Yesterday, before the usual morning gunfire in
the streets that has become my morning alarm clock, Abu Talat phoned me. There
is very heavy fighting over in al-Adhamiya. Two giant explosions occurred around
6:15 a.m., followed by mortar blasts, then constant, heavy gun battles that
went on into late morning.
The Hamid al-Alwan mosque, a small Shia mosque in the predominantly Sunni area
of Adhamiya had been hit with a car bomb.
Witnesses reported that the car had been left there at 6 a.m., and detonated
After the first blast, people in nearby homes, hearing the screaming of the
wounded, ran outside to help. As a group formed around the wreckage, a secondary,
much larger explosion went off. In the end, 14 were killed, 19 wounded.
Smoldering vehicles, including a destroyed
minibus, lay about the street in front of the damaged
of blood and body parts lay strewn about the scene. Nearby
homes were damaged from the blast as well.
took it upon themselves to evacuate most of the bodies and wounded to nearby
al-Numan hospital, because ambulances failed to arrive until 45 minutes after
The interesting detail is that while U.S. military are usually some of the
first to arrive on the scene at bombings, they never showed up for this one.
The Iraqi National Guard, who have a base in the ex-presidential palace less
than one kilometer from the bombing, never showed up, either.
The Iraqi Police, however, did show up at the scene. Most of them were wearing
facemasks to protect their identity (this is Adhamiya) … but one man, a muscular,
arrogant, loud-spoken policeman, unmasked, was yelling, "Of course this
happened, because this is a Shia mosque! The Sunni hate the Shia!"
Members of the crowd perceived his actions as deliberately provocative and
Aisha Dulaimy, a resident of al-Adhamiya, said, "The reason for this car
bomb is the Americans want to cause a split between the Shia and Sunni. But
there has never been fighting between the Shia and Sunni in the history of Iraq.
They want to make a struggle between us, but it will never work. They tried
this before and people responded by making demonstrations together against the
occupiers. So they will never make it. We are living as brothers – Shia and
Sunni. There is no difference because we all live in the same home, which is
She references an attack last winter in the large Shia mosque across the river
in the Khadamiya district, which was followed nearly immediately by an attack
on a Sunni mosque in Adhamiya. The attacks were perceived by both residents
and religious leaders as attempts to divide the religious sects, so they held
mass demonstrations together, Shia and Sunni, in a show of solidarity. They
also prayed in one another's mosques.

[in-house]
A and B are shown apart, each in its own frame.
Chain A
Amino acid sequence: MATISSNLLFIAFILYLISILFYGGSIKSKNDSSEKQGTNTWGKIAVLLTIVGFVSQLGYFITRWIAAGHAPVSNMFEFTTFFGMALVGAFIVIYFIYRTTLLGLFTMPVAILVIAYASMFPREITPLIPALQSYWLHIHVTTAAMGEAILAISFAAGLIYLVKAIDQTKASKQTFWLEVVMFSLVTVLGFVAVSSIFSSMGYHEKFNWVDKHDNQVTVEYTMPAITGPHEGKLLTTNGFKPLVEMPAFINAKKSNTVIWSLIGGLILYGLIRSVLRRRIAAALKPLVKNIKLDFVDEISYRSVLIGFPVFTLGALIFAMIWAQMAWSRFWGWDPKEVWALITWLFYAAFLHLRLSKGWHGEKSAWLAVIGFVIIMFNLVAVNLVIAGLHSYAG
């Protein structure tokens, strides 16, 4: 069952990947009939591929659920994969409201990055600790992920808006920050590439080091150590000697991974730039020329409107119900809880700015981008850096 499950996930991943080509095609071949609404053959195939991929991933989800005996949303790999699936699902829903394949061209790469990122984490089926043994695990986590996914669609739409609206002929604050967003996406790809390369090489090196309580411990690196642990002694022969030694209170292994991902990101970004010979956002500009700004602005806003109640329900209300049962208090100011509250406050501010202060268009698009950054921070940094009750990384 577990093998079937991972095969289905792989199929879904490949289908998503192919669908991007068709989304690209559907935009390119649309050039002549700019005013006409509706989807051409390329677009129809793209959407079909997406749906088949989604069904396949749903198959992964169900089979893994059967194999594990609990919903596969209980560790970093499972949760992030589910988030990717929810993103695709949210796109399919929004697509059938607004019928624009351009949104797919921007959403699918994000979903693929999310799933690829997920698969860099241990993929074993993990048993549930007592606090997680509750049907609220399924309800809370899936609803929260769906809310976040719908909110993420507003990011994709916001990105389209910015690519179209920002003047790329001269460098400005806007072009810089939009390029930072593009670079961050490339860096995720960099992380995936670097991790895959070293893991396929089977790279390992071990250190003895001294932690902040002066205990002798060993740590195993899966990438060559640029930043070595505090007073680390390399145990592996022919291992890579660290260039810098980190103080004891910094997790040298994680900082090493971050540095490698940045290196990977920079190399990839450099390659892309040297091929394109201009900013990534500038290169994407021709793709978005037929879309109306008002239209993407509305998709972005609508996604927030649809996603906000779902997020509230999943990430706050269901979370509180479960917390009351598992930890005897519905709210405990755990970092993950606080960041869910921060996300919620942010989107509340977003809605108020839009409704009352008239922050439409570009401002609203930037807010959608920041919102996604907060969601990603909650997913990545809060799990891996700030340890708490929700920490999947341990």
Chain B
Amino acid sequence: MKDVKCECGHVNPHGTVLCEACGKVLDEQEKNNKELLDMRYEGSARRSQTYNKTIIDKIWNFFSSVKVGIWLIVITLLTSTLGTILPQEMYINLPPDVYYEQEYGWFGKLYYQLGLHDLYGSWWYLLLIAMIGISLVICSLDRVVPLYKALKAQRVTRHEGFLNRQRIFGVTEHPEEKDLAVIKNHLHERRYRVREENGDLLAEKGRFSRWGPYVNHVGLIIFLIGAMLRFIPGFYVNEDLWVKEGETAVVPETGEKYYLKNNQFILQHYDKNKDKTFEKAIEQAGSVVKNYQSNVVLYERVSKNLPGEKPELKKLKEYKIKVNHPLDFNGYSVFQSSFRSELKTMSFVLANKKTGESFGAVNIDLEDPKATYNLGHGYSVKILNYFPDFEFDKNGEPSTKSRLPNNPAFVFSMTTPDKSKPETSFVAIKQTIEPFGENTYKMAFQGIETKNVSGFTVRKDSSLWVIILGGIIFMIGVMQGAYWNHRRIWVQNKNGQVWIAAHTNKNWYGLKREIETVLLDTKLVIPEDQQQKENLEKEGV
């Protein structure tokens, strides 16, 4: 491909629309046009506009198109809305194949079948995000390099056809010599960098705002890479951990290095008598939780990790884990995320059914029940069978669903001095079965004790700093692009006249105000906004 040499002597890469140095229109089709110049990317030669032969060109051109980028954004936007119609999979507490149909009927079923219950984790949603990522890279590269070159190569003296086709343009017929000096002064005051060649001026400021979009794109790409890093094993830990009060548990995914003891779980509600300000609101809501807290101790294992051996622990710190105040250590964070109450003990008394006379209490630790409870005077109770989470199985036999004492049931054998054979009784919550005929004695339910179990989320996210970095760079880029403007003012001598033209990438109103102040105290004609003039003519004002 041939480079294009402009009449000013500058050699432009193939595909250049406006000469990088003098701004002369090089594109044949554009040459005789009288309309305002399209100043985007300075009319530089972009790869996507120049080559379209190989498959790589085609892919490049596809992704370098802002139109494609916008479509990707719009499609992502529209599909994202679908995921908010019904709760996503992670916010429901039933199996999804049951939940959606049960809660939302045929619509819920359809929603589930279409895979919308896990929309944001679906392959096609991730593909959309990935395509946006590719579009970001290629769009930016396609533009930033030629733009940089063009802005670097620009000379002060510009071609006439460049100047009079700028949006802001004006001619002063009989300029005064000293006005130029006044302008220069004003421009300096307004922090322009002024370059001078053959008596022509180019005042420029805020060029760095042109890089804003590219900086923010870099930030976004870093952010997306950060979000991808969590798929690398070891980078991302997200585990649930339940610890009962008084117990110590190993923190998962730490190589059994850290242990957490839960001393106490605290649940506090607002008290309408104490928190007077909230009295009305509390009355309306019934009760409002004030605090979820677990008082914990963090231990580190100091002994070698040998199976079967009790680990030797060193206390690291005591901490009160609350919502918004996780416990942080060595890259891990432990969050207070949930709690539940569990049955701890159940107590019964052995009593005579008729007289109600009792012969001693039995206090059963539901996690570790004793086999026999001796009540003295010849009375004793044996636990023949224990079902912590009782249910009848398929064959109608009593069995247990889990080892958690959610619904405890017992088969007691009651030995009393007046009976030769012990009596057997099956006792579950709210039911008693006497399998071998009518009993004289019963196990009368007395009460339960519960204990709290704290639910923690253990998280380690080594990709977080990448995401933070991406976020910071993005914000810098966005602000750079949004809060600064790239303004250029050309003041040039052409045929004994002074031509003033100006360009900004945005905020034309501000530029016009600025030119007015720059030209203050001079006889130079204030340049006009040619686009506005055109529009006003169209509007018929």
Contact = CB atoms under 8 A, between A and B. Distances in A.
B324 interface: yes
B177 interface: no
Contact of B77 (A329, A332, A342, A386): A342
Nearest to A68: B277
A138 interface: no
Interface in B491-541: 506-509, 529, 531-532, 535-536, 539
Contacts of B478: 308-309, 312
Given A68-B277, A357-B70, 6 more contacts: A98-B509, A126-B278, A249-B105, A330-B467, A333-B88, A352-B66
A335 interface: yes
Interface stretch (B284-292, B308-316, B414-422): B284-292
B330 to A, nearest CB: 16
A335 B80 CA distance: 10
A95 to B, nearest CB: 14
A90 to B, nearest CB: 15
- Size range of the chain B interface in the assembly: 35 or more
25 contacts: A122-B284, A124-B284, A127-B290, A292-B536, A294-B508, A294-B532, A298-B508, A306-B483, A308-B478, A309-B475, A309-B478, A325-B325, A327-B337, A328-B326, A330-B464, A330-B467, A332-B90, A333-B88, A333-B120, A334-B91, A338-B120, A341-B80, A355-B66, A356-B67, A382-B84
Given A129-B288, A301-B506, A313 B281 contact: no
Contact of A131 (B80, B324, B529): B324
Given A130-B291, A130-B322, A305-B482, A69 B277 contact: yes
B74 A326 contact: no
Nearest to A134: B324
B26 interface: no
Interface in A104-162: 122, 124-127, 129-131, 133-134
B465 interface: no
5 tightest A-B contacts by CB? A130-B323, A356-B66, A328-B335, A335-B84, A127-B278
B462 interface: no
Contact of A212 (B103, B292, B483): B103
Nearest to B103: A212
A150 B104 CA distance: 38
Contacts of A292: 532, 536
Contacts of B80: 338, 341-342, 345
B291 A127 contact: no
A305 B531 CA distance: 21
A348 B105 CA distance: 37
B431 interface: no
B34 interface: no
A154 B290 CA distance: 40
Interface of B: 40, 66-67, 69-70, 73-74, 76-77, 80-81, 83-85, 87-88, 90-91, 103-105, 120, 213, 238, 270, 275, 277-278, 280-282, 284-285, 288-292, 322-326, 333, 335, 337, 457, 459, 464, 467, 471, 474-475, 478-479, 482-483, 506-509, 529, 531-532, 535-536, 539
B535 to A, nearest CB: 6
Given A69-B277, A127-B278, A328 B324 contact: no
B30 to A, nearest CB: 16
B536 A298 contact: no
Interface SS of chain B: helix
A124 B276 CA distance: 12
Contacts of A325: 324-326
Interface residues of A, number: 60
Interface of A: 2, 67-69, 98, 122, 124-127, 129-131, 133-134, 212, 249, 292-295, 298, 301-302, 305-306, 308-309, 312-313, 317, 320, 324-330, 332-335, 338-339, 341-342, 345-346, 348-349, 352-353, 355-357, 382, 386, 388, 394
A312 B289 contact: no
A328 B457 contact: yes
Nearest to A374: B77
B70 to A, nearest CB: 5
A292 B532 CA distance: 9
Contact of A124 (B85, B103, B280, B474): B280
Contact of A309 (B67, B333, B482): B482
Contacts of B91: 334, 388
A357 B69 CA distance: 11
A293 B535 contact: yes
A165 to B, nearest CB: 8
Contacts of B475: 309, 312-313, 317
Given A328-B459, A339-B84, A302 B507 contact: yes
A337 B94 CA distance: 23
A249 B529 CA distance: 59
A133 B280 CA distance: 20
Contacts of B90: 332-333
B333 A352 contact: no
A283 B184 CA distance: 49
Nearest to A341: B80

The nearly immediate reaction from the bombing yesterday was an intense mortar
barrage on the nearby U.S. military base followed by fierce clashes in Adhamiya.
Military helicopters and fighter jets roared overhead, scaring many people
who feared they would be bombed.
A 16-year-old resident of al-Adhamiya, Ahmed al-Dulaimey, said, "The U.S.
jets are so loud, only flying 50 meters above our homes. They dropped three
groups of many flares. When I saw them, I ran to my house because I was afraid
they would bomb us."
In other news, Thursday the director of Fallujah General Hospital was shot
and wounded by soldiers while he and two other doctors attempted to enter Fallujah
in an ambulance in order to provide aid to families trapped there. They had
gone into the city after having been granted permission by the military and
Ministry of Health.
A friend of mine here who is a doctor told me that recently the Ministry of
Health issued a directive instructing doctors not to talk to any media, particularly
about patients who are wounded by the military.
Salam stayed the night last night since we worked late ... hence we slept late
today. Until 9:30 anyhow, when a huge blast nearby shook the hotel and rattled
windows. I sat up quickly in bed, looked at him over on the couch, and he said,
"Good morning, Dahr."
I said, "Morning, man, who needs coffee," as I dressed and grabbed
my camera and ran to the roof of a nearby hotel to locate the blast. A building
blocked the exact locale, but the plume
of black smoke rose above it, just over near the "green zone."
Interesting to have the photo, then 10 minutes later in my hotel see it replicated
on the TV.
It was a police station that was bombed. Six police dead, at least 60 cops
and civilians wounded.
Photos dated from May 2003 have been shown all over al-Jazeera today showing
Navy Seals torturing Iraqis. Up close shots of men with bloodied mouths with
guns held to their heads, etc. You know the drill by now.
They were put on the net by the wife of a soldier who'd returned from Iraq.
John Hutson, a retired rear admiral who served as Navy judge advocate general
from 1997 to 2000, said the photos suggested possible Geneva Convention violations,
as international law prohibits souvenir photos of prisoners of war.
Hutson said, "It's pretty obvious that these pictures were taken largely
as war trophies."
Not too surprising, however, because there are also eyewitness reports now
from refugees that some soldiers in Fallujah were tying the dead bodies of resistance
fighters to tanks and driving around with their "trophies."
My mailbox is spam-free with ChoiceMail, the leader in personal and corporate anti-spam solutions. Download your free copy of ChoiceMail from www.choicemailfree.com